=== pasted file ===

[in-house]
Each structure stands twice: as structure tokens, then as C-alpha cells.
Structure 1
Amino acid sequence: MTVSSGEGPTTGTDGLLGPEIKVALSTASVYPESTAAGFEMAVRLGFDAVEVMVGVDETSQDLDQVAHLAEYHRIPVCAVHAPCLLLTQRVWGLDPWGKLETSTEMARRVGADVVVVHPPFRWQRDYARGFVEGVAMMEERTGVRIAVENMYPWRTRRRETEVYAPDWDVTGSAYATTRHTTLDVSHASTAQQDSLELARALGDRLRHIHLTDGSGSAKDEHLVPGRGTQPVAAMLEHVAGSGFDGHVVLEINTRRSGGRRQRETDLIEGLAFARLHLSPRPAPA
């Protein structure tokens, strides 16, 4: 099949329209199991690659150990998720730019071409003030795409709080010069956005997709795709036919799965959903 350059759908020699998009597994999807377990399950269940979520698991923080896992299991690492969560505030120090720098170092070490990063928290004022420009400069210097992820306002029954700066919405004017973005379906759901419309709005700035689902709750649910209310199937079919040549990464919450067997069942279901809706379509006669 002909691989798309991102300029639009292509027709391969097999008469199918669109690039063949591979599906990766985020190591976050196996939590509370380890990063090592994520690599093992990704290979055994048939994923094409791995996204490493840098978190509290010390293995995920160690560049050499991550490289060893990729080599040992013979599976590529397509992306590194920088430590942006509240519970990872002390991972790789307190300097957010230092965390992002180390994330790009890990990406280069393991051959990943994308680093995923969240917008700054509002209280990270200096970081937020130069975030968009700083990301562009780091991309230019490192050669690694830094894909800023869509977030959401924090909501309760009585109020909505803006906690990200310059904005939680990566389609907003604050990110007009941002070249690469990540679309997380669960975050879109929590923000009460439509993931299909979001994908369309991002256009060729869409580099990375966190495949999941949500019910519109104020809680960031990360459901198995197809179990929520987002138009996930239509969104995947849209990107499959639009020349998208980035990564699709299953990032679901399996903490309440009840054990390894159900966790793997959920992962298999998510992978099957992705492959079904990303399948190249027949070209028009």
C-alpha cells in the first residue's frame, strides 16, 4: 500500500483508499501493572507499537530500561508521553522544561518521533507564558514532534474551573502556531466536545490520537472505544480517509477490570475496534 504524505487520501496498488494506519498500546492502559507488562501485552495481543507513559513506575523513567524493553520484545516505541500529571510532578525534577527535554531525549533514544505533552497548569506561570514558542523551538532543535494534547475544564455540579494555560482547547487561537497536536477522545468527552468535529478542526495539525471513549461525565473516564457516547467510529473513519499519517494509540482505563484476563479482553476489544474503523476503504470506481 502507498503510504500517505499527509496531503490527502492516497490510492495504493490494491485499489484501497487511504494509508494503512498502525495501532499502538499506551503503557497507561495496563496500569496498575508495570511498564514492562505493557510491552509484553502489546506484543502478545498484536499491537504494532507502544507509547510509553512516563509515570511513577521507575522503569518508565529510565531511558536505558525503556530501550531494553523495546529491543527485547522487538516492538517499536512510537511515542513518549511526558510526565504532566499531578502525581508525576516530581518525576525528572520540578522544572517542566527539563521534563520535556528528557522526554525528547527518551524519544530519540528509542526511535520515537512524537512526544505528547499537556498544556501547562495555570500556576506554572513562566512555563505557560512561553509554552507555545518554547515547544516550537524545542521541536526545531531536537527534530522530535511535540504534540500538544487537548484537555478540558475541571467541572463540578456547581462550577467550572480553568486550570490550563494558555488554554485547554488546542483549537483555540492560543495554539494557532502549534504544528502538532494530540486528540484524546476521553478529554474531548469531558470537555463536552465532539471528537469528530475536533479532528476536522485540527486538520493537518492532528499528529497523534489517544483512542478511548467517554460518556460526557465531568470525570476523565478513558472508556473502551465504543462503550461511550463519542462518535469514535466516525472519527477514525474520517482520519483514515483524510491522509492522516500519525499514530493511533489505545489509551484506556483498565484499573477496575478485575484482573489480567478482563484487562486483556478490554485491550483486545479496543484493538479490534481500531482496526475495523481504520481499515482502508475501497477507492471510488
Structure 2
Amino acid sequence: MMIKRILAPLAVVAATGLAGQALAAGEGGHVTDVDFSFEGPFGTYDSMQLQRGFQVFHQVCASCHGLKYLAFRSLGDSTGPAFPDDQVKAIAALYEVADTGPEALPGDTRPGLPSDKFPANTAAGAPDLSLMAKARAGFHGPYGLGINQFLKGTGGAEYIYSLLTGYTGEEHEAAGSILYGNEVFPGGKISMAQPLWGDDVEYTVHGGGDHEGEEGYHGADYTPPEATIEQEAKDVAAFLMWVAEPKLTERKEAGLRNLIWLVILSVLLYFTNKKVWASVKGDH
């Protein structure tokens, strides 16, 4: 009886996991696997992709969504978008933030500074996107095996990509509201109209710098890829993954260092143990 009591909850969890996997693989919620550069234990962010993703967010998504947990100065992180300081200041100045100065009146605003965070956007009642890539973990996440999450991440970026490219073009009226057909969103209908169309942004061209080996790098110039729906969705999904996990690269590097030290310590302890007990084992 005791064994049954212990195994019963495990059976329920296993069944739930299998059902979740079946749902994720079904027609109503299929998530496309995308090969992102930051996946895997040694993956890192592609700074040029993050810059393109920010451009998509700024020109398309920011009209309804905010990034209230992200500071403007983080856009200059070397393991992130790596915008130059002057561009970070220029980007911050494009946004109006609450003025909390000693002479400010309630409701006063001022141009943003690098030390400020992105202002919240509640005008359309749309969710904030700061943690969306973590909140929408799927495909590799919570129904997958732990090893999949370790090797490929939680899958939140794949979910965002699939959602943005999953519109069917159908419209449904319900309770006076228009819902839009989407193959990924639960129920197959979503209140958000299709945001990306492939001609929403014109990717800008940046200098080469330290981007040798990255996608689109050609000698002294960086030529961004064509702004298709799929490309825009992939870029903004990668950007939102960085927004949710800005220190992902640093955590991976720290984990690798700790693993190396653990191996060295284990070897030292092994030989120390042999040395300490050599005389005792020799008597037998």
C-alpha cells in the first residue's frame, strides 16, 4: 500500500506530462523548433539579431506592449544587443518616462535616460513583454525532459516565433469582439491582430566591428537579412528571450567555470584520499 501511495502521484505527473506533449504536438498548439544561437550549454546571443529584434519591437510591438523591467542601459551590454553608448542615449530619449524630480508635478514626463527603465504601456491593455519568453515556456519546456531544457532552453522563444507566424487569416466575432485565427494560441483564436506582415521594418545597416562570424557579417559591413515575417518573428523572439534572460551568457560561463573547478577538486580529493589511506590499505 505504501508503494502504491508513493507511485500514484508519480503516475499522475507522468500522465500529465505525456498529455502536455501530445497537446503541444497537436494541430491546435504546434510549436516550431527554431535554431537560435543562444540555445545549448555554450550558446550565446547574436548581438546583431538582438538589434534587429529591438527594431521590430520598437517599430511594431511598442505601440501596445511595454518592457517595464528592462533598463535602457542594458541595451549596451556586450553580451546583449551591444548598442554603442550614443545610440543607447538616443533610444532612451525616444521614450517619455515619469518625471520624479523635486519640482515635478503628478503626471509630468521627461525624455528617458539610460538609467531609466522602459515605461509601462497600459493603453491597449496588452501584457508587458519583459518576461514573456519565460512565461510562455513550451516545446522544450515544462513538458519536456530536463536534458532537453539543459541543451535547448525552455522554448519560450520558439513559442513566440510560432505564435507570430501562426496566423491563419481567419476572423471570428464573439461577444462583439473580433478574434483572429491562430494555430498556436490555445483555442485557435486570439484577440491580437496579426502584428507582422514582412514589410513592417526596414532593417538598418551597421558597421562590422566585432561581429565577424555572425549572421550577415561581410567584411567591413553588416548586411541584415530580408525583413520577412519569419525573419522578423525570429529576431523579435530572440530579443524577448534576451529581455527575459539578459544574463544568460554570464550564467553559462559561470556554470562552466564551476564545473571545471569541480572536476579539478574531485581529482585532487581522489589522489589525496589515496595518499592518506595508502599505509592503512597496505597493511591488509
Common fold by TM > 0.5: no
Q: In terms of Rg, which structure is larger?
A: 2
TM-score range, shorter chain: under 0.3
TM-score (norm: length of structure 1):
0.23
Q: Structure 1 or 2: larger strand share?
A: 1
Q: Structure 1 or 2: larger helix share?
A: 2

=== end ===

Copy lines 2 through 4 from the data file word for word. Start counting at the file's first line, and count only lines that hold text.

Each structure stands twice: as structure tokens, then as C-alpha cells.
Structure 1
Amino acid sequence: MTVSSGEGPTTGTDGLLGPEIKVALSTASVYPESTAAGFEMAVRLGFDAVEVMVGVDETSQDLDQVAHLAEYHRIPVCAVHAPCLLLTQRVWGLDPWGKLETSTEMARRVGADVVVVHPPFRWQRDYARGFVEGVAMMEERTGVRIAVENMYPWRTRRRETEVYAPDWDVTGSAYATTRHTTLDVSHASTAQQDSLELARALGDRLRHIHLTDGSGSAKDEHLVPGRGTQPVAAMLEHVAGSGFDGHVVLEINTRRSGGRRQRETDLIEGLAFARLHLSPRPAPA